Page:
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Lois McMaster Bujold

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Occupation  Novelist
Role  Fiction writer
Nationality  American
Parents  Robert Charles McMaster
Period  1985–present
Education  Ohio State University
Name  Lois Bujold

Lois McMaster Bujold dailydragondragonconorgwpcontentuploadsBujol
Born  Lois Joy McMaster November 2, 1949 (age 66) Columbus, Ohio, U.S. (1949-11-02)
Genre  Science fiction, fantasy
Awards  Hugo Award for Best Novel
Books  Barrayar, Shards of Honor, The Curse of Chalion, The Vor Game, The Warrior's Apprentice
Similar People  Orson Scott Card, Connie Willis, David Drake, David Weber, Robert A Heinlein

Lois mcmaster bujold

Lois McMaster Bujold ( ; born November 2, 1949) is an American speculative fiction writer. She is one of the most acclaimed writers in her field, having won the Hugo Award for best novel four times, matching Robert A. Heinlein's record, not counting his Retro Hugo. Her novella "The Mountains of Mourning" won both the Hugo Award and Nebula Award. In the fantasy genre, The Curse of Chalion won the Mythopoeic Award for Adult Literature and was nominated for the 2002 World Fantasy Award for best novel, and both her fourth Hugo Award and second Nebula Award were for Paladin of Souls. In 2011 she was awarded the Skylark Award. In 2013 she was awarded the Forry Award. In 2017 she won a Hugo Award for Best Series, for the Vorkosigan Saga.


The bulk of Bujold's works comprises three separate book series: the Vorkosigan Saga, the Chalion Series, and the Sharing Knife series.

Lois mcmaster bujold talks about technology and real world culture in science fiction


Bujold is the daughter of Robert Charles McMaster and attributes her early interest in science fiction, as well as certain aspects of the Vorkosigan Saga, to his influence. He was editor of the monumental Nondestructive Testing Handbook generally referred to as McMaster on Materials.

Bujold writes that her experience growing up with a world-famous father is reflected in the same experience that her characters (Miles, Fiametta) have of growing up in the shadow of a "Great Man". Having observed this tendency in both genders, she wonders why it is always called "great man's son syndrome", and never "great man's daughter's syndrome." Her brother, an engineer like their father, helped provide technical details to support her writing of Falling Free.

She became a member of science fiction fandom, joined the Central Ohio Science Fiction Society, and co-published StarDate, a science fiction fanzine in which a story of hers appeared under the byline Lois McMaster.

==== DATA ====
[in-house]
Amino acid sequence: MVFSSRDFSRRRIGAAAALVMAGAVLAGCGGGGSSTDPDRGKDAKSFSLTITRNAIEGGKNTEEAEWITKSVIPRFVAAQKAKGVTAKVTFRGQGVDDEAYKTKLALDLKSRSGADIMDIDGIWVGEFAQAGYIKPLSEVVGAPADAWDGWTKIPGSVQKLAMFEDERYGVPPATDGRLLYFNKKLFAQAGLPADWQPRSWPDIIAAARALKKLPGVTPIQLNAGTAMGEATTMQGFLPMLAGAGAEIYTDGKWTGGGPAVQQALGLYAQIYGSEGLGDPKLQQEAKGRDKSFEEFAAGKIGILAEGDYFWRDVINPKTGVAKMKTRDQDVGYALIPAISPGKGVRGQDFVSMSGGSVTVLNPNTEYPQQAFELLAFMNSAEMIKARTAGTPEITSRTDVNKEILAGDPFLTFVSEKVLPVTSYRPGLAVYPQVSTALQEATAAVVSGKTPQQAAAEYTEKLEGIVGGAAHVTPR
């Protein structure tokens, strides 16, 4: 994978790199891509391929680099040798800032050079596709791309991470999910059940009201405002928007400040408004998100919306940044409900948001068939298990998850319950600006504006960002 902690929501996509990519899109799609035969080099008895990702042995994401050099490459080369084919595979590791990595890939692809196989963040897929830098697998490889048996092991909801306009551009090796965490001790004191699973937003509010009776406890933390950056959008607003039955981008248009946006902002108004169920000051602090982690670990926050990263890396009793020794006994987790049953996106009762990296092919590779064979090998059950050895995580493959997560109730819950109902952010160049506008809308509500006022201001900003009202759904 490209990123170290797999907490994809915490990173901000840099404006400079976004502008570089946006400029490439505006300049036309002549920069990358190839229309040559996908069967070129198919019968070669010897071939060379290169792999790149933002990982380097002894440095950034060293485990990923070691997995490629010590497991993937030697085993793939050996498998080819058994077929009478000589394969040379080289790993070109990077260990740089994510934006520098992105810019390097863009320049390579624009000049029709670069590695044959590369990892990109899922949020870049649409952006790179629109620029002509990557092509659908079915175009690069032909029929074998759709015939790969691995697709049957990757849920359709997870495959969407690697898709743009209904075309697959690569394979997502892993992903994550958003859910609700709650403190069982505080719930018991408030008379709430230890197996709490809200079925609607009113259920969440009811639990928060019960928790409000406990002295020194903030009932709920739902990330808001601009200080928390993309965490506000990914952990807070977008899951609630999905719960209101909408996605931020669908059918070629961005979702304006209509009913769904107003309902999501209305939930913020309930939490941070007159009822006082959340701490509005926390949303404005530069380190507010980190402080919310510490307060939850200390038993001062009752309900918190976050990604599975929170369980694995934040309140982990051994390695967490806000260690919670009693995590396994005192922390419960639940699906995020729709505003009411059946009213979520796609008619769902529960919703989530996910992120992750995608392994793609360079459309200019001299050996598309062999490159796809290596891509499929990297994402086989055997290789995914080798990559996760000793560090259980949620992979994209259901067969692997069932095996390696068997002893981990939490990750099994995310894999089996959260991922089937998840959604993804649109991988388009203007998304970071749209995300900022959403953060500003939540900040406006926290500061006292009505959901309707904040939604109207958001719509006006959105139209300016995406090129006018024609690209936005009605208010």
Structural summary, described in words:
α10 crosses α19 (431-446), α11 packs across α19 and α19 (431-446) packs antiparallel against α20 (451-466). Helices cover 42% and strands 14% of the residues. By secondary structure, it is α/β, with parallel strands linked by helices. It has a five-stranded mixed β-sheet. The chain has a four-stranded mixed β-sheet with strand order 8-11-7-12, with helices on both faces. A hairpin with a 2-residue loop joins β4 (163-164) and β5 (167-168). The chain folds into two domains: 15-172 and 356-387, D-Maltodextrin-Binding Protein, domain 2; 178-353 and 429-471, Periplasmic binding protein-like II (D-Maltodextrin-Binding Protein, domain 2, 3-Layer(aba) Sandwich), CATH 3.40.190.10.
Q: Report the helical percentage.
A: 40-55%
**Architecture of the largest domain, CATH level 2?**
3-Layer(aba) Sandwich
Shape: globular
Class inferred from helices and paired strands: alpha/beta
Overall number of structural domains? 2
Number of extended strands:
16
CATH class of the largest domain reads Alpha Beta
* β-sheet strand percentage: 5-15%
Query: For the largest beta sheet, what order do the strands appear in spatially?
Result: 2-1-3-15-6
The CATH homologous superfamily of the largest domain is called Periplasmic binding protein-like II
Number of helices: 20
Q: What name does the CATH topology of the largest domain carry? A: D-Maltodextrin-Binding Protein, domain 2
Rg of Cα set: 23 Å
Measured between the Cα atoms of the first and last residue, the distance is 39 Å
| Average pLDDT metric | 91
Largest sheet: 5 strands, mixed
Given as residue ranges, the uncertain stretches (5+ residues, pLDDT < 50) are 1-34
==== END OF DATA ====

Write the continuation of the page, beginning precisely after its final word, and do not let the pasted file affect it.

Bujold currently lives in Medicine Lake, Minnesota. She is divorced and has two children; her daughter Anne Bujold is a Portland, Oregon metal artist, welder, and vice president of the Northwest Blacksmith Association.

Science fiction

Lois Bujold wrote three books (Shards of Honor, The Warrior's Apprentice and Ethan of Athos) before The Warrior's Apprentice was accepted after four rejections. The Warrior's Apprentice was the first book purchased, though not the first Vorkosigan book written, nor would it be the first one to be published. On the strength of The Warrior's Apprentice, Baen Books agreed to a three-book deal to include the two bracketing novels. Thus began her career in writing in science fiction. By 2010, Baen Books claimed to have sold 2 million copies of Bujold's books.

Bujold is best known for her Vorkosigan saga, a series of novels featuring Miles Vorkosigan, a physically impaired interstellar spy and mercenary admiral from the planet Barrayar, set approximately 1000 years in the future. The series also includes prequels starring Miles' parents, along with companion novels centered on secondary characters. Earlier titles are generally firmly in the space opera tradition with no shortage of battles, conspiracies, and wild twists, while in more recent volumes, Miles becomes more of a detective. In A Civil Campaign, Bujold explores yet another genre: a high-society romance with a plot that pays tribute to Regency romance novelist Georgette Heyer (as acknowledged in the dedication). It centers on a catastrophic dinner party, with misunderstandings and dialogue justifying the subtitle "A Comedy of Biology and Manners".